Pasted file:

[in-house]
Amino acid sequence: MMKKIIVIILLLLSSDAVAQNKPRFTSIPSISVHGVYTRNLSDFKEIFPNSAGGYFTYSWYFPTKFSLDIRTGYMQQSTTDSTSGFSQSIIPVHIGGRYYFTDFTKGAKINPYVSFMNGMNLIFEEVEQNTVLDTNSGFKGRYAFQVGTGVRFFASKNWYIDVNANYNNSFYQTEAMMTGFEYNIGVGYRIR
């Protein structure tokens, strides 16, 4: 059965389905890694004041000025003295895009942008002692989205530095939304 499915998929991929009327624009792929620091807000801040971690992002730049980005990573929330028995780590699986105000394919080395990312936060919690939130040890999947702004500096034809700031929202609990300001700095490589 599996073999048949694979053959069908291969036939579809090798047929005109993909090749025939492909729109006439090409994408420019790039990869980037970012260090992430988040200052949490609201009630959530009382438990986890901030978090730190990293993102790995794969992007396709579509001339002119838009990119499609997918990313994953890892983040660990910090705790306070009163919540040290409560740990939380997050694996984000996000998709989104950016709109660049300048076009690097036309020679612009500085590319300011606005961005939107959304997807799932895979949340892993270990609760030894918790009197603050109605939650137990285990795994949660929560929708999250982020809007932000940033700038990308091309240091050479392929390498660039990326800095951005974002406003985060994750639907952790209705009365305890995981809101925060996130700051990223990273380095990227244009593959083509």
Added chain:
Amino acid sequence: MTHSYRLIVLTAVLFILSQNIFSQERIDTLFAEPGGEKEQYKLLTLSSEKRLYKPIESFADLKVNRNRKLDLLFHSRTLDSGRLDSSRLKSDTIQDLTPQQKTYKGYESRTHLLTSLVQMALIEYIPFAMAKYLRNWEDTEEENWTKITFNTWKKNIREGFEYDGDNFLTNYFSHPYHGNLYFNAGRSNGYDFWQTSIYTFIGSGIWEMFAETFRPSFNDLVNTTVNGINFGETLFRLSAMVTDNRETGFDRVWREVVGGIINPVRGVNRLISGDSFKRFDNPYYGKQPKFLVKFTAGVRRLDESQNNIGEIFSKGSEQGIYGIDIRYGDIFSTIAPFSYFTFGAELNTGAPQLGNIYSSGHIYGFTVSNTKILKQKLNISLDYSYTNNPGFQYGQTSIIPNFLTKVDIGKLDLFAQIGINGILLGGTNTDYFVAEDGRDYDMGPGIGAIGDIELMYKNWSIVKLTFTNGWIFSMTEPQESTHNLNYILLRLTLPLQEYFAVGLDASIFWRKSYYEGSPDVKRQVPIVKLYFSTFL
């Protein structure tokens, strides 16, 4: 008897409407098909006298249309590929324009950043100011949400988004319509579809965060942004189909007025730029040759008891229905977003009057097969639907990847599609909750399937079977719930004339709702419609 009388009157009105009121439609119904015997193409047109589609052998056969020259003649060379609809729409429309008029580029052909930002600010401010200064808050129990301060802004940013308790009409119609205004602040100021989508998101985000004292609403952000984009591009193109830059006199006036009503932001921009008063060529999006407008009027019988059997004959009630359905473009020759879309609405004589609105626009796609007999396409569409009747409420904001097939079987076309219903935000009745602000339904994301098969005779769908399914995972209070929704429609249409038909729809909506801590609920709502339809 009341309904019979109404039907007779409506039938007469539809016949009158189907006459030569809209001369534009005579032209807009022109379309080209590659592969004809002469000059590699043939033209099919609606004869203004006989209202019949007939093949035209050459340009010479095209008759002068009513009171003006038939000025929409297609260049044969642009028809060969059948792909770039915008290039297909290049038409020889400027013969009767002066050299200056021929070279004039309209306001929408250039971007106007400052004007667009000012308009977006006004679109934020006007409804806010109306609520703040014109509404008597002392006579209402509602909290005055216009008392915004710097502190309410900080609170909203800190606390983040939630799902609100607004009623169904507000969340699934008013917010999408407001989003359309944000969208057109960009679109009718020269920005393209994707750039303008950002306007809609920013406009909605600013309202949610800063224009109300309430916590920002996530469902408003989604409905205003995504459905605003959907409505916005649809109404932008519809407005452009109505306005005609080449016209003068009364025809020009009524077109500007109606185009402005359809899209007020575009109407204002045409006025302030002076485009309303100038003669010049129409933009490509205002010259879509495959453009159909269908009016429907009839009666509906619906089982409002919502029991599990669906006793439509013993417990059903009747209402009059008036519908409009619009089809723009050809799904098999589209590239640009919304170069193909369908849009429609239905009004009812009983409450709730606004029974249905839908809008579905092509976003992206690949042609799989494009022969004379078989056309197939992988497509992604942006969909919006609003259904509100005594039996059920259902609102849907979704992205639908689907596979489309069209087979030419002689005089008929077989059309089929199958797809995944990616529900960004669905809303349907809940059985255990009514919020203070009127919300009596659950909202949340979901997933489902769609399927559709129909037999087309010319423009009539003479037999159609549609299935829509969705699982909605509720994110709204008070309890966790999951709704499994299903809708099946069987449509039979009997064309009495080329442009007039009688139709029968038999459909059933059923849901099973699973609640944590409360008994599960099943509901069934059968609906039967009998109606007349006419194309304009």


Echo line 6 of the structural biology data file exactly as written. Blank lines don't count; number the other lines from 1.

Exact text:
């Protein structure tokens, strides 16, 4: 008897409407098909006298249309590929324009950043100011949400988004319509579809965060942004189909007025730029040759008891229905977003009057097969639907990847599609909750399937079977719930004339709702419609 009388009157009105009121439609119904015997193409047109589609052998056969020259003649060379609809729409429309008029580029052909930002600010401010200064808050129990301060802004940013308790009409119609205004602040100021989508998101985000004292609403952000984009591009193109830059006199006036009503932001921009008063060529999006407008009027019988059997004959009630359905473009020759879309609405004589609105626009796609007999396409569409009747409420904001097939079987076309219903935000009745602000339904994301098969005779769908399914995972209070929704429609249409038909729809909506801590609920709502339809 009341309904019979109404039907007779409506039938007469539809016949009158189907006459030569809209001369534009005579032209807009022109379309080209590659592969004809002469000059590699043939033209099919609606004869203004006989209202019949007939093949035209050459340009010479095209008759002068009513009171003006038939000025929409297609260049044969642009028809060969059948792909770039915008290039297909290049038409020889400027013969009767002066050299200056021929070279004039309209306001929408250039971007106007400052004007667009000012308009977006006004679109934020006007409804806010109306609520703040014109509404008597002392006579209402509602909290005055216009008392915004710097502190309410900080609170909203800190606390983040939630799902609100607004009623169904507000969340699934008013917010999408407001989003359309944000969208057109960009679109009718020269920005393209994707750039303008950002306007809609920013406009909605600013309202949610800063224009109300309430916590920002996530469902408003989604409905205003995504459905605003959907409505916005649809109404932008519809407005452009109505306005005609080449016209003068009364025809020009009524077109500007109606185009402005359809899209007020575009109407204002045409006025302030002076485009309303100038003669010049129409933009490509205002010259879509495959453009159909269908009016429907009839009666509906619906089982409002919502029991599990669906006793439509013993417990059903009747209402009059008036519908409009619009089809723009050809799904098999589209590239640009919304170069193909369908849009429609239905009004009812009983409450709730606004029974249905839908809008579905092509976003992206690949042609799989494009022969004379078989056309197939992988497509992604942006969909919006609003259904509100005594039996059920259902609102849907979704992205639908689907596979489309069209087979030419002689005089008929077989059309089929199958797809995944990616529900960004669905809303349907809940059985255990009514919020203070009127919300009596659950909202949340979901997933489902769609399927559709129909037999087309010319423009009539003479037999159609549609299935829509969705699982909605509720994110709204008070309890966790999951709704499994299903809708099946069987449509039979009997064309009495080329442009007039009688139709029968038999459909059933059923849901099973699973609640944590409360008994599960099943509901069934059968609906039967009998109606007349006419194309304009």